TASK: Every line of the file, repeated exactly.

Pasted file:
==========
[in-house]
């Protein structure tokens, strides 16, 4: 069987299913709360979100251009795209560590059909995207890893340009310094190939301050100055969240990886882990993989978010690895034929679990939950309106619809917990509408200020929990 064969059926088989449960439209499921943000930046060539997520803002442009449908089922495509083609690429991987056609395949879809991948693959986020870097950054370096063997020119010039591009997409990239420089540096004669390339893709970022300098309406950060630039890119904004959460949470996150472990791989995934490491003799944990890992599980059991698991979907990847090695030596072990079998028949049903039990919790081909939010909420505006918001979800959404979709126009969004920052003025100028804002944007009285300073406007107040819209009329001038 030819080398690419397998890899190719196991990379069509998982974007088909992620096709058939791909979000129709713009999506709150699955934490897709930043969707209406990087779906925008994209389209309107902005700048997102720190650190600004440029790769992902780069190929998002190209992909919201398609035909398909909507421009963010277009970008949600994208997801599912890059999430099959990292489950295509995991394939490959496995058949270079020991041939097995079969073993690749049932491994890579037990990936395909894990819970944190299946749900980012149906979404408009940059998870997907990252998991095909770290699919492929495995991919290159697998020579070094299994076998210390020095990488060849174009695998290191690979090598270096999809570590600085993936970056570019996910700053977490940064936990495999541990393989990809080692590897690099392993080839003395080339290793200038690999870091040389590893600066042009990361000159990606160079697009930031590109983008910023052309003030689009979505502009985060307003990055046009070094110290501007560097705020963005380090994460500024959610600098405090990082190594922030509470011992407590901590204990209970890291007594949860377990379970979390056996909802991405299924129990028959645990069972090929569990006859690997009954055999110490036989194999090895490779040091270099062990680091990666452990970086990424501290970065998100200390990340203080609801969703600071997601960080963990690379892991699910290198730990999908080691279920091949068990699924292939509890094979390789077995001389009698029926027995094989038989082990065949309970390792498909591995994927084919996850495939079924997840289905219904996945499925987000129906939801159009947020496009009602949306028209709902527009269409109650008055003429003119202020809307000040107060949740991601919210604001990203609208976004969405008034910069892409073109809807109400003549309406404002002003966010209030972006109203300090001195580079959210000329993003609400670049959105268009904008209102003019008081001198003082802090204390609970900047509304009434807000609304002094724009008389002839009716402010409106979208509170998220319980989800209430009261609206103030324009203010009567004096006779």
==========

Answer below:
[in-house]
């Protein structure tokens, strides 16, 4: 069987299913709360979100251009795209560590059909995207890893340009310094190939301050100055969240990886882990993989978010690895034929679990939950309106619809917990509408200020929990 064969059926088989449960439209499921943000930046060539997520803002442009449908089922495509083609690429991987056609395949879809991948693959986020870097950054370096063997020119010039591009997409990239420089540096004669390339893709970022300098309406950060630039890119904004959460949470996150472990791989995934490491003799944990890992599980059991698991979907990847090695030596072990079998028949049903039990919790081909939010909420505006918001979800959404979709126009969004920052003025100028804002944007009285300073406007107040819209009329001038 030819080398690419397998890899190719196991990379069509998982974007088909992620096709058939791909979000129709713009999506709150699955934490897709930043969707209406990087779906925008994209389209309107902005700048997102720190650190600004440029790769992902780069190929998002190209992909919201398609035909398909909507421009963010277009970008949600994208997801599912890059999430099959990292489950295509995991394939490959496995058949270079020991041939097995079969073993690749049932491994890579037990990936395909894990819970944190299946749900980012149906979404408009940059998870997907990252998991095909770290699919492929495995991919290159697998020579070094299994076998210390020095990488060849174009695998290191690979090598270096999809570590600085993936970056570019996910700053977490940064936990495999541990393989990809080692590897690099392993080839003395080339290793200038690999870091040389590893600066042009990361000159990606160079697009930031590109983008910023052309003030689009979505502009985060307003990055046009070094110290501007560097705020963005380090994460500024959610600098405090990082190594922030509470011992407590901590204990209970890291007594949860377990379970979390056996909802991405299924129990028959645990069972090929569990006859690997009954055999110490036989194999090895490779040091270099062990680091990666452990970086990424501290970065998100200390990340203080609801969703600071997601960080963990690379892991699910290198730990999908080691279920091949068990699924292939509890094979390789077995001389009698029926027995094989038989082990065949309970390792498909591995994927084919996850495939079924997840289905219904996945499925987000129906939801159009947020496009009602949306028209709902527009269409109650008055003429003119202020809307000040107060949740991601919210604001990203609208976004969405008034910069892409073109809807109400003549309406404002002003966010209030972006109203300090001195580079959210000329993003609400670049959105268009904008209102003019008081001198003082802090204390609970900047509304009434807000609304002094724009008389002839009716402010409106979208509170998220319980989800209430009261609206103030324009203010009567004096006779």